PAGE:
Instead, Celta Vigo and Lyon are named as possible destinations. Spain in particular may be attractive because there is no language barrier for the player, while Lyon are said to have been interested in Pellistri before he signed with United.
Pellistri was coached by former United cult hero Diego Forlan at Penarol, with Ole Gunnar Solskjaer getting in touch with his ex-teammate for a first-hand reference.
“It seemed like an ideal club for him because they were going to give him the time [to settle]. Even though he could have arrived and played directly, he is a young boy, you can’t rush him, because he has conditions to continue growing and improving,” Forlan told 90min last month.
“Little by little he will get his chance. The coach will see when is the best moment [to play him], because he arrived at a club that is managed that way and that is the beauty of it.”
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Steve Bruce denied the written media the right to ask questions at his press conference ahead of Newcastle’s clash with Leeds.
The Newcastle boss is under fierce criticism for his side’s dismal recent form and has grown frustrated at reports in the press that he could be sacked in the weeks ahead, with the spectre of former boss Rafa Benitez – who recently left Dalian Yifang in the Chinese Super League – looming over him.
He recently branding his side ‘absolutely s***e’ after their defeat to Sheffield United, and he may not be wrong. As they head into the visit of Leeds, they have taken two points from the last 24 available.
The Newcastle communications department refused to allow questions from 20 reporters at his press conference on Monday, looking to limit speculative questions over his future, which is reported to be secure despite their dreadful form.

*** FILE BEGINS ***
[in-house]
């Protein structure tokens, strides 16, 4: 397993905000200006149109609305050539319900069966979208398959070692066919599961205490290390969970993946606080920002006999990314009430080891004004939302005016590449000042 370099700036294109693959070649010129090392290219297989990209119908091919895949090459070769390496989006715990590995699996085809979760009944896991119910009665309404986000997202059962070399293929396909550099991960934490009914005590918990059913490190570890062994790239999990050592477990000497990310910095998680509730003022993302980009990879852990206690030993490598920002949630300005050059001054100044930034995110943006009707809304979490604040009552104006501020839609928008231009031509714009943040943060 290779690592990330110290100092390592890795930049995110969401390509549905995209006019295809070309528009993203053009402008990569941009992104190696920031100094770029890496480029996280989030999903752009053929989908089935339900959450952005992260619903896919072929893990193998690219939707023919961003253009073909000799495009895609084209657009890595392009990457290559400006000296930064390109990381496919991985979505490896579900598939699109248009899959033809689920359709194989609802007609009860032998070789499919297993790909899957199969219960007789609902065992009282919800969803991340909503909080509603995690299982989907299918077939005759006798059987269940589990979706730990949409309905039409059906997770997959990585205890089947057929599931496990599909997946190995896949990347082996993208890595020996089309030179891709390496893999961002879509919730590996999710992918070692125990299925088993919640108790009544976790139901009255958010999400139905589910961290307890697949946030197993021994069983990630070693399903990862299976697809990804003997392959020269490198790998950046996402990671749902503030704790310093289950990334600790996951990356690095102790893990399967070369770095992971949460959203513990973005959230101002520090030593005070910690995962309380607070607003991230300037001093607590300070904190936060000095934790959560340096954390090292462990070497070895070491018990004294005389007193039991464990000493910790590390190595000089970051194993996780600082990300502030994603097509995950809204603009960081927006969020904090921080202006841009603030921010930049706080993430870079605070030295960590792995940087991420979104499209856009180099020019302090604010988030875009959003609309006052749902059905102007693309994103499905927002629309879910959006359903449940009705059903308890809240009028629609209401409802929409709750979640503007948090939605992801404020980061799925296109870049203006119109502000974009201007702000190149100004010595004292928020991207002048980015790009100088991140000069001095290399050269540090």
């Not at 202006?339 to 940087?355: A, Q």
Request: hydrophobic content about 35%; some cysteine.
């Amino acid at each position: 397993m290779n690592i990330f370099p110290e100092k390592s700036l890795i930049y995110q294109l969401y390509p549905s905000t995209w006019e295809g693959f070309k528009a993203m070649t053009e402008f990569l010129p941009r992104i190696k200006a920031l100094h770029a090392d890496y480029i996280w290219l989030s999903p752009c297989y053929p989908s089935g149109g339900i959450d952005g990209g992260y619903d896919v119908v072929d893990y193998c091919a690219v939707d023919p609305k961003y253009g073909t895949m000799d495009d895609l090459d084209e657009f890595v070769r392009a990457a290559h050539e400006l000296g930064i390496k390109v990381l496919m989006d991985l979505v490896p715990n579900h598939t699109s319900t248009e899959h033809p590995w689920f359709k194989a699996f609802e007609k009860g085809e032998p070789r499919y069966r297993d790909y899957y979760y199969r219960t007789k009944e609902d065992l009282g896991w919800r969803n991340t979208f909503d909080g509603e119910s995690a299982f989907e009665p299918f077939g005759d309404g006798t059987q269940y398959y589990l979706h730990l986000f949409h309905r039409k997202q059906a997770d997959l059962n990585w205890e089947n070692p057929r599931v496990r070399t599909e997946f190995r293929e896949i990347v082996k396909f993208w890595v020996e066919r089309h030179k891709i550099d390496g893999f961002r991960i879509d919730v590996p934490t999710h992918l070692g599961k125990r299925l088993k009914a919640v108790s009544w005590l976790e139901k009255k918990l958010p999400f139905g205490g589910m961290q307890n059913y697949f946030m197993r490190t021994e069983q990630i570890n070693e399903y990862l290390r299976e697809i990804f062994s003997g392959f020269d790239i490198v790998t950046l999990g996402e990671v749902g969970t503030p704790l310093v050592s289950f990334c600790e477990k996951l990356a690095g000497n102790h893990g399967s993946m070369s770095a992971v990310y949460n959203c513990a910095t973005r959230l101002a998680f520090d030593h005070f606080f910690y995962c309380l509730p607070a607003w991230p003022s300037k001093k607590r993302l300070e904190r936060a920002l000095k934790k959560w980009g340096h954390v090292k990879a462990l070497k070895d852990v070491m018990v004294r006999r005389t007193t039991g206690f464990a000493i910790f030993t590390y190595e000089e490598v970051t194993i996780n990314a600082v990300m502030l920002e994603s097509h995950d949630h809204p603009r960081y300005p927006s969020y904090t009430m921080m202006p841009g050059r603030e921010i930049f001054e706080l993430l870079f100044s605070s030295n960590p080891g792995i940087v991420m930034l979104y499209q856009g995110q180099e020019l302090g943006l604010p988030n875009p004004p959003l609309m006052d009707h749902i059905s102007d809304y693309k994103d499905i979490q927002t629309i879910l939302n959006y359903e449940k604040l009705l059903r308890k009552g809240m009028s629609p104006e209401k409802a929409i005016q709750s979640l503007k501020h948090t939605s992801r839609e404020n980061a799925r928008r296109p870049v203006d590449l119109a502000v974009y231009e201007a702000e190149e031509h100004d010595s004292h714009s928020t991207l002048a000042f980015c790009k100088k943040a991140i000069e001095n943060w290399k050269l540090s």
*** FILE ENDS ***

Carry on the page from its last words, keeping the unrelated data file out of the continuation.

Speaking to representatives from the four rights-holding broadcasters they allowed to speak, Bruce said: “There is no disputing we are on a difficult run. It is a difficult situation, let’s be honest. The quicker you get a result the better. We are not alone. You ignore the noise and focus on the match which is another opportunity.
“We need to find a bit. We need a results. I have seen little bits. Confidence is a bit low but the only way to do it is to train and prepare best we can and turn it around.
“I have been in this situation before. You draw on your experience. I am still convinced (that I can sort it out), yes.”
Newcastle fans have recently held protests over his position, venting their frustrations at a run that sees them yet to win in 2021 and embroiled in an unexpected relegation battle after a decent start to the campaign.
Bruce said: “I understand their disappointment. I understand how they feel. All I can do it try and get the team in good shape as I can and win tomorrow night. You are disappointed when you see things like that.”
Let’s say you’ve just left university and started work at a small, independent lawyer’s office.
You don’t plan to be there forever, but for the time being, your skills are well-suited to the job. It’s mostly behind-the-scenes administrative work for now. The pressure is off, and in your mind, you have years of climbing the ladder ahead of you before you even set foot in a courtroom.